Ensemble learning algorithms such as AdaBoost and Bagging have been in active research and shown improvements in classification results for several benchmarking data sets with mainly decision trees as their base classifiers. In this paper we experiment to apply these Meta learning techniques with classifiers such as random forests, neural networks and support vector machines. The data sets are from MAGIC, a Cherenkov telescope experiment. The task is to classify gamma signals from overwhelmingly hadron and muon signals representing a rare class classification problem. We compare the individual classifiers with their ensemble counterparts and discuss the results. WEKA a wonderful tool for machine learning has been used for making the experiments.
1
15503
An Experimental Study of a Self-Supervised Classifier Ensemble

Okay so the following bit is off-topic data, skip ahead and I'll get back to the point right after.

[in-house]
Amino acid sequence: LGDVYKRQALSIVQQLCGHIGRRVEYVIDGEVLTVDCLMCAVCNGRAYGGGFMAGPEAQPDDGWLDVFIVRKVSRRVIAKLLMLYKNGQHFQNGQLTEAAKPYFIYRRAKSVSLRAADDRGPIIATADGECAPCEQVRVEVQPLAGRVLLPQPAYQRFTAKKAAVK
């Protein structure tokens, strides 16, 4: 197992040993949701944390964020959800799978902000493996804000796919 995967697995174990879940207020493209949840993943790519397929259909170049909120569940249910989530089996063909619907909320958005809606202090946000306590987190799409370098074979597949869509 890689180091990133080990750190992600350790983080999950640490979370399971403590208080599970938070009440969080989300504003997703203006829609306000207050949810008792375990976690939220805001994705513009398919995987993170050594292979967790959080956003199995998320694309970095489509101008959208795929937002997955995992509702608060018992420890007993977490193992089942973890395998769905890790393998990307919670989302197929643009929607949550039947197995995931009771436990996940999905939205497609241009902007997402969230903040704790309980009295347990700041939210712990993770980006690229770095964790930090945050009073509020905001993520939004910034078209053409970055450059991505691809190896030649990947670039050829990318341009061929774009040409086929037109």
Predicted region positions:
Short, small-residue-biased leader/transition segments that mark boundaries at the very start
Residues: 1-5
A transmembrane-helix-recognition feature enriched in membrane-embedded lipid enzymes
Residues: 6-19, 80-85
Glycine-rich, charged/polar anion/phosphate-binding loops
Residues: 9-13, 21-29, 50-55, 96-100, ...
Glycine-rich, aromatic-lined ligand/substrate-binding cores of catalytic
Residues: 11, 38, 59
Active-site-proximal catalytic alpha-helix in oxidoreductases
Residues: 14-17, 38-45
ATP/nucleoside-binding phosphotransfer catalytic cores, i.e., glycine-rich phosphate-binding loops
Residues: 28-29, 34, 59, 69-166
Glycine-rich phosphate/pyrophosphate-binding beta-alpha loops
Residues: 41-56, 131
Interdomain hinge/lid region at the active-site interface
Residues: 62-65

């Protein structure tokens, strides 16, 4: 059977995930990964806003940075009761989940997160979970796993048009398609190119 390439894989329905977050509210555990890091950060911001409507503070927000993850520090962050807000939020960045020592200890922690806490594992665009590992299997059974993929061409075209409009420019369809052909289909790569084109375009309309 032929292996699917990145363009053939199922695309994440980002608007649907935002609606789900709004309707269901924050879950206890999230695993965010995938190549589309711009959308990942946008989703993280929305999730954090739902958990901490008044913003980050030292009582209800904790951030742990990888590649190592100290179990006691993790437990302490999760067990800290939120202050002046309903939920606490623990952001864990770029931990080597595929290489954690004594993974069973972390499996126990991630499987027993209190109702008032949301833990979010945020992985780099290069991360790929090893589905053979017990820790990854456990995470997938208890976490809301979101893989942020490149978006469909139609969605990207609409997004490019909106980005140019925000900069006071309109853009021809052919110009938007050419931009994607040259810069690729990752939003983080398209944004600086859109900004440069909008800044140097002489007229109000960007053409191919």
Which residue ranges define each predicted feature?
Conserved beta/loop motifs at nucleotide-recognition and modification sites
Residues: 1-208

Abstract:
Learning using labeled and unlabelled data has received considerable amount of attention in the machine learning community due its potential in reducing the need for expensive labeled data. In this work we present a new method for combining labeled and unlabeled data based on classifier ensembles. The model we propose assumes each classifier in the ensemble observes the input using different set of features. Classifiers are initially trained using some labeled samples. The trained classifiers learn further through labeling the unknown patterns using a teaching signals that is generated using the decision of the classifier ensemble, i.e. the classifiers self-supervise each other. Experiments on a set of object images are presented. Our experiments investigate different classifier models, different fusing techniques, different training sizes and different input features. Experimental results reveal that the proposed self-supervised ensemble learning approach reduces classification error over the single classifier and the traditional ensemble classifier approachs.